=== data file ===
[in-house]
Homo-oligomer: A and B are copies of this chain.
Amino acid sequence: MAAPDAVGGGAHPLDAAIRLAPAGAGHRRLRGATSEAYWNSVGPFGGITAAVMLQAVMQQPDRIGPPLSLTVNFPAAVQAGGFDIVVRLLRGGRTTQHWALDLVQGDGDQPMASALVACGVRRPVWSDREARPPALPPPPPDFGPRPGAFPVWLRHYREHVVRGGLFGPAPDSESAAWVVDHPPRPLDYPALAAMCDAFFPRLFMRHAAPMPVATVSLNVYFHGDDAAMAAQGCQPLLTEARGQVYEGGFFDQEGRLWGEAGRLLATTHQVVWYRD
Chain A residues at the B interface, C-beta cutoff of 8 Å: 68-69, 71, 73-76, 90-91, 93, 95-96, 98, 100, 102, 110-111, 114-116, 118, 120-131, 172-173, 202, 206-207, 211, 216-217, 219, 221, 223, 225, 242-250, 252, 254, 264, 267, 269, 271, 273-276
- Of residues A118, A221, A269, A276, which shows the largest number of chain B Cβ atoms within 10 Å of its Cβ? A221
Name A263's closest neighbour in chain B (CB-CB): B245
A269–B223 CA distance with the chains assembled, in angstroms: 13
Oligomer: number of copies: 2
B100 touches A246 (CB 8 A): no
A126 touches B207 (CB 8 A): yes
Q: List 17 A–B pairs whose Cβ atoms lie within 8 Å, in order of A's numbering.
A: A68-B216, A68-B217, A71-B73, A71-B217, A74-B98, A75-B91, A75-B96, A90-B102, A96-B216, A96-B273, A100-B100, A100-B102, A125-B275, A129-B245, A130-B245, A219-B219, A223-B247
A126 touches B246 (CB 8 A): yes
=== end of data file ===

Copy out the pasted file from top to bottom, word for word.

[in-house]
Homo-oligomer: A and B are copies of this chain.
Amino acid sequence: MAAPDAVGGGAHPLDAAIRLAPAGAGHRRLRGATSEAYWNSVGPFGGITAAVMLQAVMQQPDRIGPPLSLTVNFPAAVQAGGFDIVVRLLRGGRTTQHWALDLVQGDGDQPMASALVACGVRRPVWSDREARPPALPPPPPDFGPRPGAFPVWLRHYREHVVRGGLFGPAPDSESAAWVVDHPPRPLDYPALAAMCDAFFPRLFMRHAAPMPVATVSLNVYFHGDDAAMAAQGCQPLLTEARGQVYEGGFFDQEGRLWGEAGRLLATTHQVVWYRD
Chain A residues at the B interface, C-beta cutoff of 8 Å: 68-69, 71, 73-76, 90-91, 93, 95-96, 98, 100, 102, 110-111, 114-116, 118, 120-131, 172-173, 202, 206-207, 211, 216-217, 219, 221, 223, 225, 242-250, 252, 254, 264, 267, 269, 271, 273-276
- Of residues A118, A221, A269, A276, which shows the largest number of chain B Cβ atoms within 10 Å of its Cβ? A221
Name A263's closest neighbour in chain B (CB-CB): B245
A269–B223 CA distance with the chains assembled, in angstroms: 13
Oligomer: number of copies: 2
B100 touches A246 (CB 8 A): no
A126 touches B207 (CB 8 A): yes
Q: List 17 A–B pairs whose Cβ atoms lie within 8 Å, in order of A's numbering.
A: A68-B216, A68-B217, A71-B73, A71-B217, A74-B98, A75-B91, A75-B96, A90-B102, A96-B216, A96-B273, A100-B100, A100-B102, A125-B275, A129-B245, A130-B245, A219-B219, A223-B247
A126 touches B246 (CB 8 A): yes